The following is an email that I sent to my LIU 1st year field students last December.  Thought I'd share it:

From Professor Steele:

The following is an observation that I want to share with you all that was prompted by a process recording. 

A frequent presentation in clinics or other mental health settings serving the frum community is one where a mother brings a latency age (8-13) son for treatment to address behavior.  A common feature of this presentation is that the mother will portray the father in any number of negative lights, from fairly benign descriptions, such as “he’s too busy at work to come to sessions or spend much time with him,” to far more damming portrayals, such as “he’s in denial/useless/the same way/doesn’t believe in therapy/has an anger problem,” etc.

As clinicians, it can be very tempting to accept this presentation at face value.  After all, we’ve all met frum men in the community who seem to comport with this negative portrayal, so it’s not much of a stretch to believe that the presentation is valid.  It can often be, however, a very serious mistake to fall into this trap.  The trap is also often attractive because it may feed into our fantasies about who we are.  We are the sensitive, aware, verbal males that can help struggling boys, in contrast to the emotionally clueless fathers.

When we fall into this trap, we run the risk of unwittingly entering the dynamics of the family in a very unhealthy way.  As clinicians, we learn that the family is a psychological entity/system unto itself, and our task is to help heal the family.  We should be thinking not in terms of helping this child individually, but in terms of helping the family become more functional.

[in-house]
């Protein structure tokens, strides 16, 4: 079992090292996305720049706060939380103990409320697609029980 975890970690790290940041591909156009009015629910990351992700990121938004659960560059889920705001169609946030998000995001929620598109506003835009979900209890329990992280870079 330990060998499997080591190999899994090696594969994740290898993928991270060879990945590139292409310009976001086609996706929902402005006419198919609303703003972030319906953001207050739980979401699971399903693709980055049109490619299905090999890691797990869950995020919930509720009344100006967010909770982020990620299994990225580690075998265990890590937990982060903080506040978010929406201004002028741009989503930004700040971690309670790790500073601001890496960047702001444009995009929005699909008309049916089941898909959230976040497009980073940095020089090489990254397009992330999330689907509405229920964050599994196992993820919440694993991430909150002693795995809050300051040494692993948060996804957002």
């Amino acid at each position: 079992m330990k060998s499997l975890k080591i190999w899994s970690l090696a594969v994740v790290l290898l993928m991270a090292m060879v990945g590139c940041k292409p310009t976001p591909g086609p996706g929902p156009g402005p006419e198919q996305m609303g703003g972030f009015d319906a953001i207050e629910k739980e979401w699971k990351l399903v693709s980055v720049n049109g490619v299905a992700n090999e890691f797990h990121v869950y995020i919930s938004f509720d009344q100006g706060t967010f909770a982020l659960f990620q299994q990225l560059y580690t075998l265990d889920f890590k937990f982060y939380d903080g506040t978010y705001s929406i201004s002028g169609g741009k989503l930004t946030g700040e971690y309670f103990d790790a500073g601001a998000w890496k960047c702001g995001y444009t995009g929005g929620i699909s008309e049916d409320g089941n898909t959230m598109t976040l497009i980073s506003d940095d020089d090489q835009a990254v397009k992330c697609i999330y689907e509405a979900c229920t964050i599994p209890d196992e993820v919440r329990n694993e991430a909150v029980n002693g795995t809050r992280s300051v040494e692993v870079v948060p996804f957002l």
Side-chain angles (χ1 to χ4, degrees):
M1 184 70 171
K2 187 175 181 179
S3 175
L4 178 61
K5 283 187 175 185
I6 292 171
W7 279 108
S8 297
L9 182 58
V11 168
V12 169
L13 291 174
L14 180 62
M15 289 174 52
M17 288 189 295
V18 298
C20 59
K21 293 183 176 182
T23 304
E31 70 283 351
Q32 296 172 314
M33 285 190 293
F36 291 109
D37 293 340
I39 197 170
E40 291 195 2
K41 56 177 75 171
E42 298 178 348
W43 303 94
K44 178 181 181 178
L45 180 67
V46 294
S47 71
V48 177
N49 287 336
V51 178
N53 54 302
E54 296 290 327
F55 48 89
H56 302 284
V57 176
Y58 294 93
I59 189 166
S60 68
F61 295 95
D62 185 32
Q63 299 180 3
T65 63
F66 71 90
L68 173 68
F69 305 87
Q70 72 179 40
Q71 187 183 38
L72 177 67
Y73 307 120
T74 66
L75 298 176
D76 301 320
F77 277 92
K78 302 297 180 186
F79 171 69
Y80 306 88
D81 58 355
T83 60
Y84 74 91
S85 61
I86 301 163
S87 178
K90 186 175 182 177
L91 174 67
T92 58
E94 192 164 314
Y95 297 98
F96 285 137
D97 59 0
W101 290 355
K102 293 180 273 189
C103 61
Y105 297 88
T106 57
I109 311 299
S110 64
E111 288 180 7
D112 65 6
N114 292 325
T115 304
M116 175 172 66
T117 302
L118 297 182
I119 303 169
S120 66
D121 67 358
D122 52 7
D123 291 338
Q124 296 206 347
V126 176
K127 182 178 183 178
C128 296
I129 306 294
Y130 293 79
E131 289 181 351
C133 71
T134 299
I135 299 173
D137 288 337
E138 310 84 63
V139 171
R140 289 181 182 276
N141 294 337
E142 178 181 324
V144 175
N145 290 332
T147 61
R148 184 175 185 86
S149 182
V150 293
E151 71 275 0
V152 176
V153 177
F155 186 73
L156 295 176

When we accept the mother’s critique of the father at face value, we collude with one side in the conflict.  This is not helpful to the family. A marital relationship that lacks respect, especially from the wife toward the husband, is highly problematic.   Indeed, not to get too psychoanalytic or Freudian, but we can end up taking on the role of the idealized, sensitive, intelligent male that the mother longs for.  We become the respected male in the family, while the father is left to feel disrespected by the mother, and, by extension, the therapist.  Given this, is it any wonder that, when we initially accept this presentation, fathers are often reluctant to participate in treatment?  Imagine that the father feels disrespected by the mother, and gets to hear about how much the mother respects the wise therapist.  Imagine what that must feel like.  Mothers will sometimes even say things like “he needs a male role model;” however HE ALREADY HAS A FATHER.